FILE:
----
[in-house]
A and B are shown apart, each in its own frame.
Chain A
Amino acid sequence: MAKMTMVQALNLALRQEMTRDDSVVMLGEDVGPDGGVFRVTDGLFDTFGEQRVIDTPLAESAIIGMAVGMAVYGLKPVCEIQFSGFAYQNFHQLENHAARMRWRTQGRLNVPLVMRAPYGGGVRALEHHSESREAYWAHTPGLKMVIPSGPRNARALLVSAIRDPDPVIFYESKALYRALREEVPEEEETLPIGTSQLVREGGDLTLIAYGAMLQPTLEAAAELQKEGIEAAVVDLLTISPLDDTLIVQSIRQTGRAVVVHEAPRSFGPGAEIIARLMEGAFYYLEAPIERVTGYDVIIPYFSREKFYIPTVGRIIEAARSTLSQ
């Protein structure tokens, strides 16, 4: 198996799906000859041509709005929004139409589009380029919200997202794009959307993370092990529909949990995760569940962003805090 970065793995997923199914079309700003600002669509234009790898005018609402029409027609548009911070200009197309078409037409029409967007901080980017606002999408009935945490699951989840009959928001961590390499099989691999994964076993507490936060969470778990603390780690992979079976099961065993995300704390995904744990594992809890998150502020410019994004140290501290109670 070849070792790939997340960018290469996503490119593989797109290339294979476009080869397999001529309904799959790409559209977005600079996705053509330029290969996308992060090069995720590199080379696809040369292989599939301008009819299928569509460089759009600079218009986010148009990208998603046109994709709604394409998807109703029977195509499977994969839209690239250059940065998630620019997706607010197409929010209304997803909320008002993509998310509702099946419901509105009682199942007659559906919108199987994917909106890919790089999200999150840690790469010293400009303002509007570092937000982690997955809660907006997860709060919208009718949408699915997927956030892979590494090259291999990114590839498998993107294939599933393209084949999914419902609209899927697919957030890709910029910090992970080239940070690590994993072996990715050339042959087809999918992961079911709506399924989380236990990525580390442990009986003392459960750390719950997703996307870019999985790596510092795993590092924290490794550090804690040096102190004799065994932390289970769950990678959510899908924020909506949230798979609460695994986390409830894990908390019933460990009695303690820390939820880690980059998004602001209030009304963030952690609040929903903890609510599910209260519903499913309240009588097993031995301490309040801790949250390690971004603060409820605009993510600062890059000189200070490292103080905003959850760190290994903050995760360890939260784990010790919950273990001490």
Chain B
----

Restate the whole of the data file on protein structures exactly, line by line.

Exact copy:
[in-house]
A and B are shown apart, each in its own frame.
Chain A
Amino acid sequence: MAKMTMVQALNLALRQEMTRDDSVVMLGEDVGPDGGVFRVTDGLFDTFGEQRVIDTPLAESAIIGMAVGMAVYGLKPVCEIQFSGFAYQNFHQLENHAARMRWRTQGRLNVPLVMRAPYGGGVRALEHHSESREAYWAHTPGLKMVIPSGPRNARALLVSAIRDPDPVIFYESKALYRALREEVPEEEETLPIGTSQLVREGGDLTLIAYGAMLQPTLEAAAELQKEGIEAAVVDLLTISPLDDTLIVQSIRQTGRAVVVHEAPRSFGPGAEIIARLMEGAFYYLEAPIERVTGYDVIIPYFSREKFYIPTVGRIIEAARSTLSQ
């Protein structure tokens, strides 16, 4: 198996799906000859041509709005929004139409589009380029919200997202794009959307993370092990529909949990995760569940962003805090 970065793995997923199914079309700003600002669509234009790898005018609402029409027609548009911070200009197309078409037409029409967007901080980017606002999408009935945490699951989840009959928001961590390499099989691999994964076993507490936060969470778990603390780690992979079976099961065993995300704390995904744990594992809890998150502020410019994004140290501290109670 070849070792790939997340960018290469996503490119593989797109290339294979476009080869397999001529309904799959790409559209977005600079996705053509330029290969996308992060090069995720590199080379696809040369292989599939301008009819299928569509460089759009600079218009986010148009990208998603046109994709709604394409998807109703029977195509499977994969839209690239250059940065998630620019997706607010197409929010209304997803909320008002993509998310509702099946419901509105009682199942007659559906919108199987994917909106890919790089999200999150840690790469010293400009303002509007570092937000982690997955809660907006997860709060919208009718949408699915997927956030892979590494090259291999990114590839498998993107294939599933393209084949999914419902609209899927697919957030890709910029910090992970080239940070690590994993072996990715050339042959087809999918992961079911709506399924989380236990990525580390442990009986003392459960750390719950997703996307870019999985790596510092795993590092924290490794550090804690040096102190004799065994932390289970769950990678959510899908924020909506949230798979609460695994986390409830894990908390019933460990009695303690820390939820880690980059998004602001209030009304963030952690609040929903903890609510599910209260519903499913309240009588097993031995301490309040801790949250390690971004603060409820605009993510600062890059000189200070490292103080905003959850760190290994903050995760360890939260784990010790919950273990001490």
Chain B